In July 2003, mother and the two children were in a rollover car accident. The children were in car seats and were not injured. However, mother tested positive for marijuana and amphetamine and admits that she was under the influence of amphetamine at the time of the accident. She was not cited for any criminal charges arising from the incident.
DHS removed the children from mother's care and placed them in grandmother's custody, where they have remained ever since. After mother was released from the hospital, she moved back in with grandmother. After spending a month recovering from her injuries, she moved out of grandmother's home and lived with father for about two weeks. After that, she moved in with her new significant other, Anderson, whom she had met some years earlier and with whom she had recently become reacquainted.
In mid-August and September 2003, mother had two positive UAs for methamphetamine. In late October, she was admitted to an in-patient treatment program at Willamette Family Treatment Services (WFTS). Anderson supported mother's treatment and regularly visited her.
During mother's initial assessment with WFTS, she reported that she had used methamphetamine once at age 27, then twice in November 2002, and once in July 2003. The assessment notes that mother appeared to be minimizing her drug use and that, although mother said that she wanted treatment, she also denied any concern about relapse, which was inconsistent with recognizing her need for treatment.
Nevertheless, mother successfully completed the program. The discharge summary from WFTS, dated January 22, 2004, indicated that mother's prognosis was good if she continued in outpatient treatment and participated in 12-step meetings. Pitcher testified that she strongly encouraged mother to enter a halfway house that offered ongoing drug counseling, job training and placement, parenting classes, and other services, and where the children could be returned to her. In Pitcher's experience, people who have just completed in-patient treatment have a greater chance of success if they enter a halfway house than if they reenter the community directly.
At trial, however, mother denied that Pitcher had recommended going to the halfway house, although she acknowledged that Pitcher and WFTS staff had “mentioned” the halfway house as “an option.” Mother had health problems that required surgery in December 2003, while she was in the WFTS program, and again in February 2004, after the program ended. According to mother, she and Pitcher decided that it would be better for her to move into Anderson's home than to go to the halfway house. Mother told Pitcher that she wanted to have the children with her and, after some investigation, Pitcher concluded that Anderson's home was a safe place for the children. Mother moved in with Anderson after completing the WFTS inpatient program.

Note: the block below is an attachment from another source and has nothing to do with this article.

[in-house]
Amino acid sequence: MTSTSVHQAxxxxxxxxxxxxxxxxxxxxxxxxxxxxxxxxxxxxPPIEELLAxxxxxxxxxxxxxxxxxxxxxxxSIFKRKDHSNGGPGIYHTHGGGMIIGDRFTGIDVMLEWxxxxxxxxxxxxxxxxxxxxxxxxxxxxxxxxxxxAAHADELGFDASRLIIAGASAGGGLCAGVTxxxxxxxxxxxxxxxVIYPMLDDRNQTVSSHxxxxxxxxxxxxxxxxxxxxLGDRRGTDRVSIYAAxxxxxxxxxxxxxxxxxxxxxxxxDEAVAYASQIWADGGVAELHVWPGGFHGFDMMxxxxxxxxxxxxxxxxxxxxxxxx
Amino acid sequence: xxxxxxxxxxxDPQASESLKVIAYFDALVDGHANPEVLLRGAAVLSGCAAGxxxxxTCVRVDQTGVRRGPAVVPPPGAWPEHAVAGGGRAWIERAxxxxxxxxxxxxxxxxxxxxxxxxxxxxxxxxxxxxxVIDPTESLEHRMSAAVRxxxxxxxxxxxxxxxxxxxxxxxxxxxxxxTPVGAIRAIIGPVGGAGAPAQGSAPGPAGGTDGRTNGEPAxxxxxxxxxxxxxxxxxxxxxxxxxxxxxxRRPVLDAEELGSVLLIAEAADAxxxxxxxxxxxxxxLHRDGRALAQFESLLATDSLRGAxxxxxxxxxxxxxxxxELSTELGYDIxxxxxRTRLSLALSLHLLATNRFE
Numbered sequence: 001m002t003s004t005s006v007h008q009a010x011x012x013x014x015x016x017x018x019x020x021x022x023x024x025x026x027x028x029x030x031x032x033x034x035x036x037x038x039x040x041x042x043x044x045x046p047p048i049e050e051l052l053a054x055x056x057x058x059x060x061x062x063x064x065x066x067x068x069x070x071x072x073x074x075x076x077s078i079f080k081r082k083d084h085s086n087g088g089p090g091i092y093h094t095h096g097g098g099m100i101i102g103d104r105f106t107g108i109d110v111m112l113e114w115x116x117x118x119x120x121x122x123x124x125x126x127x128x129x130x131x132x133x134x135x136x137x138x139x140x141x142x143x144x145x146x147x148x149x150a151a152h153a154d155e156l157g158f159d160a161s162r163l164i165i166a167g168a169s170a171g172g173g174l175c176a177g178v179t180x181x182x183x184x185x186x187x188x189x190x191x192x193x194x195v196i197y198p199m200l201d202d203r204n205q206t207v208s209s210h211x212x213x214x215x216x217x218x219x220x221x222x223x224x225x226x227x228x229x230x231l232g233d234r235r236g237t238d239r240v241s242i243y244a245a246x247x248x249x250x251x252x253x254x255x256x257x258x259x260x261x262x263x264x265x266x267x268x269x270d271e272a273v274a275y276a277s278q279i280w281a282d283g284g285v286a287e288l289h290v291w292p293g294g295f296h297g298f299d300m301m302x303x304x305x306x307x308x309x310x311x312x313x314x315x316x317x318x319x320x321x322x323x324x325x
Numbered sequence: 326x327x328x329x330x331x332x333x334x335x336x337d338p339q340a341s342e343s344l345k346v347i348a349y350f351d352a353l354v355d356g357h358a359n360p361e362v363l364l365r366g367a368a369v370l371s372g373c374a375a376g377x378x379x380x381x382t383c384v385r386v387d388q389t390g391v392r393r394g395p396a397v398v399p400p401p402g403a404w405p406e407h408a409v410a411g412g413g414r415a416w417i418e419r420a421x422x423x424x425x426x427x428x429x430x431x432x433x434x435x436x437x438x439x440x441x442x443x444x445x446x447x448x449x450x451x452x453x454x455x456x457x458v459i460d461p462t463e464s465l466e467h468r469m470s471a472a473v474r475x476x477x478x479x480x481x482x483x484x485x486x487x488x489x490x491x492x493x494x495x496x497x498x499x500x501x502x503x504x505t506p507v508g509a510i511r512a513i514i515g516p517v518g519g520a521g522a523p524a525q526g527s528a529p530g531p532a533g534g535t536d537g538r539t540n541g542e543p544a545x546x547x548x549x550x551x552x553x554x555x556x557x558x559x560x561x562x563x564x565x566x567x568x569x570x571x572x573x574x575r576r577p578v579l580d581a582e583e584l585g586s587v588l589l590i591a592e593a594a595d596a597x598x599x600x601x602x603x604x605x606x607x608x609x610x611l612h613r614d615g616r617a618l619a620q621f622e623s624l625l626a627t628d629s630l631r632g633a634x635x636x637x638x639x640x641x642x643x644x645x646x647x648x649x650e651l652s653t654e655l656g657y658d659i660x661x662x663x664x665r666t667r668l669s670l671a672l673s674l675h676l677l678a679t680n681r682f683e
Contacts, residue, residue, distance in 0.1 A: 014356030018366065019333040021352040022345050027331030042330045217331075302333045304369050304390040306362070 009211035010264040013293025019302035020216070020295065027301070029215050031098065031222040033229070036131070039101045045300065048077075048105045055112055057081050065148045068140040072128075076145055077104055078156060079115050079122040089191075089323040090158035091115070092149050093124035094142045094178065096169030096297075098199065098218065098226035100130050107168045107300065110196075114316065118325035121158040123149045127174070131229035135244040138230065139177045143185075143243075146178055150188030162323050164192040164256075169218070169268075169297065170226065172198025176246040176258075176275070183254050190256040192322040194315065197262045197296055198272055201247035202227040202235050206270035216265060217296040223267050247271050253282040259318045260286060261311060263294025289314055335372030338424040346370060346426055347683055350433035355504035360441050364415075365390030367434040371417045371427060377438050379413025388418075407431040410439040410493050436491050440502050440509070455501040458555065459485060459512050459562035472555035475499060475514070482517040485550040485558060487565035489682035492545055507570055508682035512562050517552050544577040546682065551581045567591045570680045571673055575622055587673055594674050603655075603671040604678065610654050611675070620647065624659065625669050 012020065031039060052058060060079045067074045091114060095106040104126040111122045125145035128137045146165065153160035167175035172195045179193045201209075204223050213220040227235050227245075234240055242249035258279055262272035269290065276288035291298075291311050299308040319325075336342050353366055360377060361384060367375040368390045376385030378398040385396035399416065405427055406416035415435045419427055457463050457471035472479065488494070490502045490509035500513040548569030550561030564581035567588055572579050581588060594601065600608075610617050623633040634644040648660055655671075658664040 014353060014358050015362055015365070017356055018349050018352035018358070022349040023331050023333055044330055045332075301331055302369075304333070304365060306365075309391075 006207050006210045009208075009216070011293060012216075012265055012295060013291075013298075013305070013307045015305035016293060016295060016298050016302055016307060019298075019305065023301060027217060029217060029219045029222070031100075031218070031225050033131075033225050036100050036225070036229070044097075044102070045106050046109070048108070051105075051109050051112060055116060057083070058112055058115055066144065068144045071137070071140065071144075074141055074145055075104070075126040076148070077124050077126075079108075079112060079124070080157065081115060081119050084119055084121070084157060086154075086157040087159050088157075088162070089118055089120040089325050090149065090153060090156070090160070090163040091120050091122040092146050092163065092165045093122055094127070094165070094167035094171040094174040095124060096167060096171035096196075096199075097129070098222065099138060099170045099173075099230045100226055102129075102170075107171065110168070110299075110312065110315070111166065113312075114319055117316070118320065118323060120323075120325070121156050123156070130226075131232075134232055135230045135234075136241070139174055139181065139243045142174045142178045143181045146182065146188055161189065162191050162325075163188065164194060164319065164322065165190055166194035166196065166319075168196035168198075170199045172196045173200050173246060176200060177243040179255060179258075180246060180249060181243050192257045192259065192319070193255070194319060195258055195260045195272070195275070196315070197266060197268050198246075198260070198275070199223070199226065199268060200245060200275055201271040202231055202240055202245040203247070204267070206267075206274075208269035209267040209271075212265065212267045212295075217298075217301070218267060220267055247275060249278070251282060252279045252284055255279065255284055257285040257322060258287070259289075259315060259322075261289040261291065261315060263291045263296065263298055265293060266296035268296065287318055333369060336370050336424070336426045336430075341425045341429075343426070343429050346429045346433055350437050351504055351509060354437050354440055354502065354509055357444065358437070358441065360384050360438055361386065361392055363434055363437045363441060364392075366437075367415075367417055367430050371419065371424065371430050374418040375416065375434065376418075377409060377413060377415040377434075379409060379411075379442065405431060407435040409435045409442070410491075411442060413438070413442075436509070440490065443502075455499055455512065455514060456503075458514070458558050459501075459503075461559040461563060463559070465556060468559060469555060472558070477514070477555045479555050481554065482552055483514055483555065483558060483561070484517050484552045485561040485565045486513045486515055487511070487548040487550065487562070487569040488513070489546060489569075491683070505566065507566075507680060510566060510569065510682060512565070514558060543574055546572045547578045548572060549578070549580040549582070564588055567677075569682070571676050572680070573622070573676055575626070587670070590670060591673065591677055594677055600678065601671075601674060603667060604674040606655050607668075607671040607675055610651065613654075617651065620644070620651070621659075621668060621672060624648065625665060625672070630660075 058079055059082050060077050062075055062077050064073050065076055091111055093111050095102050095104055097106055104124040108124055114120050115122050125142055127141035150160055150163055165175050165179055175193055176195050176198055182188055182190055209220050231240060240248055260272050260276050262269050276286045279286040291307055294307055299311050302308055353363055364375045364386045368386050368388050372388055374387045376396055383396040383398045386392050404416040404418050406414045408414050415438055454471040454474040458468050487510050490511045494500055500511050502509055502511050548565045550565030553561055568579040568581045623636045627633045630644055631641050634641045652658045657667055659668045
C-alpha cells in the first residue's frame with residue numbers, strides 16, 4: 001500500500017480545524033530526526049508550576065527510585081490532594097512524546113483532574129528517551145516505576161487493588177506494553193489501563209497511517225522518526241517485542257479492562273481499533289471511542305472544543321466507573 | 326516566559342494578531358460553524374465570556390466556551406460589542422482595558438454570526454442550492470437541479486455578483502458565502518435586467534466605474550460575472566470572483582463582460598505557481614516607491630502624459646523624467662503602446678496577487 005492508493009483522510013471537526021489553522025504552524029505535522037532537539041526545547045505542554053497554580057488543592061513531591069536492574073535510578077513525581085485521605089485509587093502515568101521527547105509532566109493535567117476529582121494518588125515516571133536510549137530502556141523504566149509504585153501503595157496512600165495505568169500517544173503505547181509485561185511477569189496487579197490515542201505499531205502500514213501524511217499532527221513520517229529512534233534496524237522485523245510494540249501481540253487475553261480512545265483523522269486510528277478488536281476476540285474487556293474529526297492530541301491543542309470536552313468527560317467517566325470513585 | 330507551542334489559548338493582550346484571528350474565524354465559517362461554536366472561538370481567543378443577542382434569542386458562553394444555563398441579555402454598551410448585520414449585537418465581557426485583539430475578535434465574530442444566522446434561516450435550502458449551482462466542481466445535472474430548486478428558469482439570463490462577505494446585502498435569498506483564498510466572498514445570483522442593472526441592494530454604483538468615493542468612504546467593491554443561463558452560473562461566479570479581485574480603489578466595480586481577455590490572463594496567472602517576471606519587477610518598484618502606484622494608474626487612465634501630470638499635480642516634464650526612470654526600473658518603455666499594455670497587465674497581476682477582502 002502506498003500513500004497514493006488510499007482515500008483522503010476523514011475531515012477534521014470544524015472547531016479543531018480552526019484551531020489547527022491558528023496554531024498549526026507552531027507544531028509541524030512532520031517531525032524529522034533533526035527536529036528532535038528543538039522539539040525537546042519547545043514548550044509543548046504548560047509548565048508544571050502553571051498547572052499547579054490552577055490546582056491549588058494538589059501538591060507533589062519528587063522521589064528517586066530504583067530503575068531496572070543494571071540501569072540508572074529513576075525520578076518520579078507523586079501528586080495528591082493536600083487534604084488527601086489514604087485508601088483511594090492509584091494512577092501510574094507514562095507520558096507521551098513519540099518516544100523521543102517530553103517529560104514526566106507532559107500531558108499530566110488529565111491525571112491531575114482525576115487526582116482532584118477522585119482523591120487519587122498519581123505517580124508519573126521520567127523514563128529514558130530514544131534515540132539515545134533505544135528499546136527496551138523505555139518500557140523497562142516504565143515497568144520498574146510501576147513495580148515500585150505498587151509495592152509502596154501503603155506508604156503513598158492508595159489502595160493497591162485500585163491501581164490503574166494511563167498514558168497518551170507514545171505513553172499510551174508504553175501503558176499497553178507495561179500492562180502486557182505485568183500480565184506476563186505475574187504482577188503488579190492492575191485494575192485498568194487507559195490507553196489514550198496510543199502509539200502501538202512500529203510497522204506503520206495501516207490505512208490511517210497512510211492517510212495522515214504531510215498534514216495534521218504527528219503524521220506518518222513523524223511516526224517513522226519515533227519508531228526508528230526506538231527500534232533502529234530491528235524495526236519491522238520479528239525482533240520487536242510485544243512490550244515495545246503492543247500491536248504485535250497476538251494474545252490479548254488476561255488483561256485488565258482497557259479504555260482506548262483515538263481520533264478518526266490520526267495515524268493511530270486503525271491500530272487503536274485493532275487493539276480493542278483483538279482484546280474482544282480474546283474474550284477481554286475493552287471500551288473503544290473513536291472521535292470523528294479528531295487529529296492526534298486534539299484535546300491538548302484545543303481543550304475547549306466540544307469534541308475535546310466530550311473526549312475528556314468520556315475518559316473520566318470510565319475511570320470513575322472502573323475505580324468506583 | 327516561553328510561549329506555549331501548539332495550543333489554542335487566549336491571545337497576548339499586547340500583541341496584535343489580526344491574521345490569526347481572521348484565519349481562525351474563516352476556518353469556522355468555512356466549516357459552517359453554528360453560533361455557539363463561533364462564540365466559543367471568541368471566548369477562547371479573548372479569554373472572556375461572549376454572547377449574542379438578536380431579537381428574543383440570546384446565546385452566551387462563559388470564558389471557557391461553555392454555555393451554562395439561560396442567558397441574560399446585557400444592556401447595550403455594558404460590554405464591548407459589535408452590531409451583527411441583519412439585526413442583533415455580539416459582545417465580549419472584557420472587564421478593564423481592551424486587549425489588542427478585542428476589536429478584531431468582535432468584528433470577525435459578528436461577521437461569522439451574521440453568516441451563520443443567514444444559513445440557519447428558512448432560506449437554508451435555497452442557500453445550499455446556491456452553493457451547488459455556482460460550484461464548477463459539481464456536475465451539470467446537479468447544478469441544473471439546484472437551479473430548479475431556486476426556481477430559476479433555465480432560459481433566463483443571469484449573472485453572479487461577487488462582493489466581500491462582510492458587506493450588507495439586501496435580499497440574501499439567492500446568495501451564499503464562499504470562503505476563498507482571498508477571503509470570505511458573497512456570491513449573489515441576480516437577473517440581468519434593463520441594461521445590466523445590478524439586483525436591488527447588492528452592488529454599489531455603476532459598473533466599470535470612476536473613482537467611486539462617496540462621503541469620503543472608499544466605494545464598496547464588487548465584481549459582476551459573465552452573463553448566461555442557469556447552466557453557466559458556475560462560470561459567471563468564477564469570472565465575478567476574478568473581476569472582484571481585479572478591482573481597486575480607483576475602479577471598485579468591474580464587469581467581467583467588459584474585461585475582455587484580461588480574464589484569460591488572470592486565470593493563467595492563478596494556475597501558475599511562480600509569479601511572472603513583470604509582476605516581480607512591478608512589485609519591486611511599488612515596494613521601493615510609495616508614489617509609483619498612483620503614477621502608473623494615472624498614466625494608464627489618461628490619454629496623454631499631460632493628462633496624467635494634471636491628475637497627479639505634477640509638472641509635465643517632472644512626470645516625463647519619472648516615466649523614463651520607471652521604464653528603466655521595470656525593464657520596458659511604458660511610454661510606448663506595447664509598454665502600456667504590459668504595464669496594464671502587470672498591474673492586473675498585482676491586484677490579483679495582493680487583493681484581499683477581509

The expected recovery time for mother's February 2004 surgery was two weeks, although mother testified that she was “laid up for a good three weeks, almost a month afterward.” Mother and Anderson testified that she took Percocet, a prescribed pain medication, through the middle or end of March. However, a doctor's note-based on mother's own report to the doctor in March 2004-stated that mother “was prescribed Percocet 2/20/04 # 30 for post-operation pain. She took the last dose 3/4/04.” Consistently with that timing, the family decision meeting record for March 10-which mother signed-stated that mother “is now off all pain medication.”
The record of that family decision meeting stated that the “[c]hoices are all about when the kids will transition home,” with a planned return date of March 17. (Underlining in original.) The document also indicated that, as part of a safety plan, mother would provide UAs and that “any UA's [sic ] dirty for narcotics will jeopardize the return home plan.”
The day before the children were to be returned to mother, however, Pitcher learned that, on March 10 (the same day as the family decision meeting), mother had a UA that was positive for methamphetamine. The children, therefore, were not returned to mother, although mother denies that she was using methamphetamine and Anderson and grandmother believe her. As support for her view that the UA was inaccurate, mother contended that the UA should have reflected her use of Percocet but should not have been positive for methamphetamine. Mother's doctor indicated that Percocet would cause a positive UA for opiates, though not for methamphetamine-but nothing in the record supports the theory that a UA would be positive for opiates six days after the last dose of Percocet.
During the time period of that positive UA, mother was not participating in scheduled aftercare following her completion of the WFTS program. She had been scheduled to begin aftercare treatment a few weeks before her February 2004 surgery; indeed, in her relapse prevention plan she acknowledged that her “personalized relapse symptoms” included “not going to meetings, not calling my sponsor, not working my program, missing aftercare meetings.” Nevertheless, mother's discharge summary stated that she came to only one aftercare group session, at the end of March 2004. Mother was discharged for noncompliance that May and was given a “very poor” prognosis.
Around the time of mother's discharge from the WFTS aftercare program in May 2004, DHS was relieved of responsibility to work with both parents. Mother could have asked to continue submitting UAs but did not, although at trial she stated that she had not known that she could make such a request. The petition to terminate mother's parental rights was filed in June 2004.